A supercar is a living, breathing machine. Just like a prize fighter, or competition stallion, it’s bred for maximum performance and capability. But imagine if your prize fighter was restricted? Like fighting with its hand tied behind back. This is a scenario that happens in auto racing. Motor companies are held back by regulations enforced by global racing sanctions — and it’s known as the balance of power.
Now this creates an equal playing field among the different racing classes and the cars within them, so most manufacturers design their street supercars to naturally fall into these classes. But what if you take that same street-able race car, and uncap the restrictions? This is what Ford Motor Company has done with the new GT MK II.
Revealed during the Goodwood “Festival of Speed,” the new GT was unleashed with a full send. Which is appropriate in the given scenario; and as it climbed up the hill, screeching its tires through the corners, from afar, it looked just like its predecessor, but up close, you’ll see it’s a different animal.
“The Mk II answers the regularly asked question of how would the car perform with all the limitations lifted: the answer is spectacularly.” These are the words of Larry Holt, Multimatics Chief Technical Officer. In fact, the new GT was co-developed by Multimatic with Ford Motor company. And if you don’t know who Multimatic is, well — they’re big into racing.
So together, they’ve pushed the new GT to it’s full capability. The twin turbo, 3.5 liter V6 that previously put out 500 horses is now putting out 700 horsepower. The aerodynamics have been upgraded to produce over 400 percent more downforce, and pull over 2 G’s of lateral grip.
They even cut over 200 pounds of weight from the car by removing the hydraulic suspension and replacing it with mechanical. And removing the lumbar seats and putting in a single racing seat. The passenger side is an option.
Then there’s the and added performance enhancers such as a new racing tune, upgraded ceramic brakes, a redesigned air intake system and even water sprayers on the intercoolers to keep the intake heat down. Overall, they turned the new GT into what should have been produced in the first place.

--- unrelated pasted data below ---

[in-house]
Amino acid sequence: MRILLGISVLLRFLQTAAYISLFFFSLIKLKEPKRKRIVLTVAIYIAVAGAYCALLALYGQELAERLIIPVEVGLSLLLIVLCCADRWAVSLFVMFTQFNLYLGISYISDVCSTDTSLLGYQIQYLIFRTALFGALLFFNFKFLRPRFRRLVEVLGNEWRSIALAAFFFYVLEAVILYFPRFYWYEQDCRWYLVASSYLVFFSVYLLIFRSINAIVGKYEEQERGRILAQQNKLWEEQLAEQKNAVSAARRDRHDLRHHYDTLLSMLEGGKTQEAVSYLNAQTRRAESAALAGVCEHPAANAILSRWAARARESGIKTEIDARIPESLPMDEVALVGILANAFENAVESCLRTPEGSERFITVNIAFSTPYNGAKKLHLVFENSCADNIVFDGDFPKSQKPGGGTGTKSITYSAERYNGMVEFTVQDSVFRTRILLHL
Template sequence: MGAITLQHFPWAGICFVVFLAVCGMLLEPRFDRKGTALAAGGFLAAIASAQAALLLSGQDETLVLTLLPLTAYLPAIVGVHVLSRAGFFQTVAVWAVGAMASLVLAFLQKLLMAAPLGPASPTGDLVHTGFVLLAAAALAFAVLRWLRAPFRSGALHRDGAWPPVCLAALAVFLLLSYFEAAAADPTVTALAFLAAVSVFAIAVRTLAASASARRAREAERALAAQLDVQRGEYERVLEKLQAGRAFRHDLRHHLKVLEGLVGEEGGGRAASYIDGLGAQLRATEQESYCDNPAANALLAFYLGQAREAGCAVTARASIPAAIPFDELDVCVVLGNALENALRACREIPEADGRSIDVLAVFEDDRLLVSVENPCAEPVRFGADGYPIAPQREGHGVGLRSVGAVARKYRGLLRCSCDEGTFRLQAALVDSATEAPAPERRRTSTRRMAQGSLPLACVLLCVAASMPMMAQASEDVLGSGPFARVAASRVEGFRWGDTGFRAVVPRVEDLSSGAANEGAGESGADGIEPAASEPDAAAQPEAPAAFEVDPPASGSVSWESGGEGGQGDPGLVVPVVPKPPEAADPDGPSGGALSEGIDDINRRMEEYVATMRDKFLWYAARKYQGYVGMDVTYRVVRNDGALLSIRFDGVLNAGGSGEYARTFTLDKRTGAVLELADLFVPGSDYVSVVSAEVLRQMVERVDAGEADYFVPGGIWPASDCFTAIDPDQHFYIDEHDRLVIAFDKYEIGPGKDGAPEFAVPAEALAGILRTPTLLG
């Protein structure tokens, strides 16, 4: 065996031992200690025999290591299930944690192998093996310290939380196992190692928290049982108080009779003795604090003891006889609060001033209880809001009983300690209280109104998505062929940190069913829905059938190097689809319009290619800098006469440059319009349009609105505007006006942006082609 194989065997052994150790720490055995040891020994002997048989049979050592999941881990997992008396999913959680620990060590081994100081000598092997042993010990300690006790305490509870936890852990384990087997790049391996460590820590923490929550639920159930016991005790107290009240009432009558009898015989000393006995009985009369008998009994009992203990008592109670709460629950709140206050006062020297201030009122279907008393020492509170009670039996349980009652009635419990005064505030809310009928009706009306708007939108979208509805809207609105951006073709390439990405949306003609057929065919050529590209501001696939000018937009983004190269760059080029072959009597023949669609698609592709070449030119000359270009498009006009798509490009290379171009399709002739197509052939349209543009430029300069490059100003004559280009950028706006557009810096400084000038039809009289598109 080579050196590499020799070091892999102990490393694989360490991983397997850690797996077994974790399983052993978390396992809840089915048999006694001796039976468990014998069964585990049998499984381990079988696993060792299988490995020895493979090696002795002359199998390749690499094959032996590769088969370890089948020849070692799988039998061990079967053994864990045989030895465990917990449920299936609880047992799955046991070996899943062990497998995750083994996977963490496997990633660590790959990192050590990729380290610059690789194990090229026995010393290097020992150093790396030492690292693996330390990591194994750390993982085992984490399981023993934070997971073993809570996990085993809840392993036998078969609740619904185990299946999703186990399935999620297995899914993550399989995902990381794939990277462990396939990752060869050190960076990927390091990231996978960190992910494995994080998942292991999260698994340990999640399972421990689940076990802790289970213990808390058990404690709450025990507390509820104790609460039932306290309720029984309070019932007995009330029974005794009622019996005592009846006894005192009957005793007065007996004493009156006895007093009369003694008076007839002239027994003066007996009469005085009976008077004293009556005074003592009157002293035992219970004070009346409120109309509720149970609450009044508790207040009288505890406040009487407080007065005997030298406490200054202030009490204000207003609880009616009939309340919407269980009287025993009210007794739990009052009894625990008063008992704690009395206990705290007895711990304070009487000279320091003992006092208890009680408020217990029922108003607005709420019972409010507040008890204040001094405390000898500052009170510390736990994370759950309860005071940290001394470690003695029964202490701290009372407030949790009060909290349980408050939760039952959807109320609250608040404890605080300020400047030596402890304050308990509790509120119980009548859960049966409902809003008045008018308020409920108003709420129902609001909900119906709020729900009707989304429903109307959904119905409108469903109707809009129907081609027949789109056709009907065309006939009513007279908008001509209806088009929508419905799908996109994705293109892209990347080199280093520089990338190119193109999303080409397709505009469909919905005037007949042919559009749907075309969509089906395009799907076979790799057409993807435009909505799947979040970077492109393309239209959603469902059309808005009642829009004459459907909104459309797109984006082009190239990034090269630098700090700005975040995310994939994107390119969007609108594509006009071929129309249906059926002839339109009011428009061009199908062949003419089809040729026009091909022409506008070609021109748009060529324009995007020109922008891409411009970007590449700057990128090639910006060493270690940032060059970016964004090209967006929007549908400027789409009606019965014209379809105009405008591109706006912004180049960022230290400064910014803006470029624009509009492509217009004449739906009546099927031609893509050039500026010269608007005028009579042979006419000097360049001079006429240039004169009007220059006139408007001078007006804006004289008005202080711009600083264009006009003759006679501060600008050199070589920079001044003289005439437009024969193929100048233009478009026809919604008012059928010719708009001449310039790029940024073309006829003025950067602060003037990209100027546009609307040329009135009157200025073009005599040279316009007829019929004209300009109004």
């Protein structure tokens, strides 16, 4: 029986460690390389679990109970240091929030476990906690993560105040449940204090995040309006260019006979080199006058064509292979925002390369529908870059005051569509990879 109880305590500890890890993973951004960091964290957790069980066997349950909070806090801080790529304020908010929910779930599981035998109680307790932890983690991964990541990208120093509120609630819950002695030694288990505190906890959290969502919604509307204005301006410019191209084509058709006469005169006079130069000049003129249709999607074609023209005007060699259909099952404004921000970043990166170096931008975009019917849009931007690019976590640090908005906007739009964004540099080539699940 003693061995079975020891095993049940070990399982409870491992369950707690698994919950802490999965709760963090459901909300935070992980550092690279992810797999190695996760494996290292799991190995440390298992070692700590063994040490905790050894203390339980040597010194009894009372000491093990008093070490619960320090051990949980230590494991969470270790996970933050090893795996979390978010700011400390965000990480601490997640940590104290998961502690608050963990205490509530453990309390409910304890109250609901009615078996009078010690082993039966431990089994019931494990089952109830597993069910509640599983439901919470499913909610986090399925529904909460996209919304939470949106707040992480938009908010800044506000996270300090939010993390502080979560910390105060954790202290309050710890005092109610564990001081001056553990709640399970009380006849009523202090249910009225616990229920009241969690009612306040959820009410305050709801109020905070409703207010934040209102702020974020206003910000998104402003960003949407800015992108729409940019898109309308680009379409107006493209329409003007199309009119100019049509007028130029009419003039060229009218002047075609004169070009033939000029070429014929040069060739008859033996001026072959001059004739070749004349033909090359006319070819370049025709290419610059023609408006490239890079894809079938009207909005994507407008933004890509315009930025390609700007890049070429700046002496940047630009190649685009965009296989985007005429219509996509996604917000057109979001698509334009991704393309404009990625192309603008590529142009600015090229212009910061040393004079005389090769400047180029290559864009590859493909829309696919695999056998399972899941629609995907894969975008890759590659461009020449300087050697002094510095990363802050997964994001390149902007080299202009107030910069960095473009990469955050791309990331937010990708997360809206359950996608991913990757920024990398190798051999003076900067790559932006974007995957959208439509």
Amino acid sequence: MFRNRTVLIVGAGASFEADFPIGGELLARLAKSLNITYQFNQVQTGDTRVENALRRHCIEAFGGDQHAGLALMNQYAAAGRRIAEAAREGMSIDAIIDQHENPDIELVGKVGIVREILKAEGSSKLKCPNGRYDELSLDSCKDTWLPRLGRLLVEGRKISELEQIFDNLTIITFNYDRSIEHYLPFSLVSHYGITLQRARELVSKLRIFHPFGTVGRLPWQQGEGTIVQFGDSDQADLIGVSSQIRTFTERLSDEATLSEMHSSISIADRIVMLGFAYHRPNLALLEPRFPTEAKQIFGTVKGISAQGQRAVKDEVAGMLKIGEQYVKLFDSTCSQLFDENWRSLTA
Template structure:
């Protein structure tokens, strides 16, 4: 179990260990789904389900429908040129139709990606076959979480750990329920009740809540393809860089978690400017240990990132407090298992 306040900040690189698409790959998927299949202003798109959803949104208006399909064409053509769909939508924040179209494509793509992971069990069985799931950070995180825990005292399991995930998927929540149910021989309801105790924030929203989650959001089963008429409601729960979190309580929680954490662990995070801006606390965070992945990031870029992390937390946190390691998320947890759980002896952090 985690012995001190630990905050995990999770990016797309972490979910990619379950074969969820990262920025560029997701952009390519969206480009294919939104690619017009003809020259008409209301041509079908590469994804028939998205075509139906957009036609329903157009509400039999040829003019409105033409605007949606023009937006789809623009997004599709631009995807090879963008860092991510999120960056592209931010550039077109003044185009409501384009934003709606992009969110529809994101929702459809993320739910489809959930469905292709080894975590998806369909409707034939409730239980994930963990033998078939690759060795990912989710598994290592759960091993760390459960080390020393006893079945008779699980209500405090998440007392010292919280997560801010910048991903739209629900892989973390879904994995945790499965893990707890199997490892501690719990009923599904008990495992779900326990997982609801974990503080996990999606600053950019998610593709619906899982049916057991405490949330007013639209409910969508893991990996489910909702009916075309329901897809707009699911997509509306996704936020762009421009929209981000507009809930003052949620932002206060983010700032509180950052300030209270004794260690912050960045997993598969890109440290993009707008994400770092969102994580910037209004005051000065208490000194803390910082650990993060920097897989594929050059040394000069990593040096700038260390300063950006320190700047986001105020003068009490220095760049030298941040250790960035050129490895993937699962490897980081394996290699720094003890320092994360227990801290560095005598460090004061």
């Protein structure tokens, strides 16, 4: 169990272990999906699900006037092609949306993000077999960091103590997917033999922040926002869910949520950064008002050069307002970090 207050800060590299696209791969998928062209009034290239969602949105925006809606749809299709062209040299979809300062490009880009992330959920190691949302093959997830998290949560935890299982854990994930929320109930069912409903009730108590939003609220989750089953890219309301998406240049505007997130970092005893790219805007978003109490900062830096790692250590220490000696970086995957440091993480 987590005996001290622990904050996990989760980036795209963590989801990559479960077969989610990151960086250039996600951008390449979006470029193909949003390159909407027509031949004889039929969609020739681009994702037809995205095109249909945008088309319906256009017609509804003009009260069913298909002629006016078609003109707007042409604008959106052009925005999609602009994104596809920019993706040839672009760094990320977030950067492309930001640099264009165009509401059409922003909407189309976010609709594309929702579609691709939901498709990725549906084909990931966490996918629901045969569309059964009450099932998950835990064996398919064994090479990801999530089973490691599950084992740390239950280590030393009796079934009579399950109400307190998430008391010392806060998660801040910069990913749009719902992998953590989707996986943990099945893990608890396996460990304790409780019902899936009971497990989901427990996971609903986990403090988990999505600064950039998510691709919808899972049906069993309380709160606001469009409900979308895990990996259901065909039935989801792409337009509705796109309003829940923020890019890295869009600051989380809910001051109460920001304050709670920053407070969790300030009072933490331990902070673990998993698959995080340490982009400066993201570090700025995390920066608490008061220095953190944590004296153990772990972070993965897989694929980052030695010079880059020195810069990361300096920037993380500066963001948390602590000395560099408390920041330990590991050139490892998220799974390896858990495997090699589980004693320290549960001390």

But why wait until now?
Lets circle back to the topic of racing sanctions. Since the fall of 2018, the FIA World Endurance Championship announced they would be developing a new Hypercar class that manufacturers can race an unrestricted street car in, as long as there are 25 of the cars in production. The previous Ford GT was produced for the GT3 race class, which is a restricted class. Are you seeing where this is going?
Many say that the new GT will be Ford Motor Company’s new racecar for the new WEC Hypercar class. Of course, Ford has not officially announced this strategy, but teaming up with Multimatic is almost dead giveaway; and the fact that Ford is only producing only a limited amount of 45 vehicles that are sold at 1.5 million a piece — that’s a pretty good racing fund.
Photo Credits: Ford Motor Company Media Center – https://media.ford.com/content/fordmedia/fna/us/en/news/2019/07/04/limited-edition-ford-gt.html
What comes to mind when you hear the word stance? Could it be the cringing photos that post into your daily social feed with defunct camber and tires that look chewed up by your neighbors dog? Or the beaten and battered shrapnel that used to be a fender well cutting away as the car scrapes down the roadway. Let face it, Stance is a word that can bring a bitter taste to the automotive pallet. For seasoned enthusiasts, maybe we just don’t understand this trend. Or should we?
So on a brutally hot and humid Florida day, I made a trip to the outskirts of Tampa for an automotive gathering hosted by the club known as “Clean Culture.” Upon my arrival, I entered a parking lot of lowered down cars most of which were touching the ground. I held my breath for a moment and remained calm, disillusioned by random thoughts of what I was about to see.
I began to walk around and to my amazement were not the dreaded visions of internet memes or the ridiculous beaten up machines. But a display of finely crafted automobiles. By no means was this the largest event I have ever attended, but it is the first of which every vehicle was lowered to the ground, tires tucked away, and the camber cranked to 11.
As I baked in the sun, I began to soak in the energy of the elaborate paint schemes and wheels that where meticulously shined up and tucked away. Each car gleaming one after another. Despite the random fender well dents here and there, they were a visual sensation, balancing my nerves between distaste and awe. Walking through the isles of this show, was like walking through a modern art gallery.
So one can say that Stance is art. It may not be functional, but it’s not supposed to be. It’s a way to turn a vehicle into an abstract form. In fact — Stance is the abstract art form of the car culture. Such as a drag racer breaking parts to go fast in a straight line, these enthusiasts too, suffer for their art with broken wheel lips and fender wells. It may not something you understand, but maybe Stance is a form of the modern car culture, we can accept.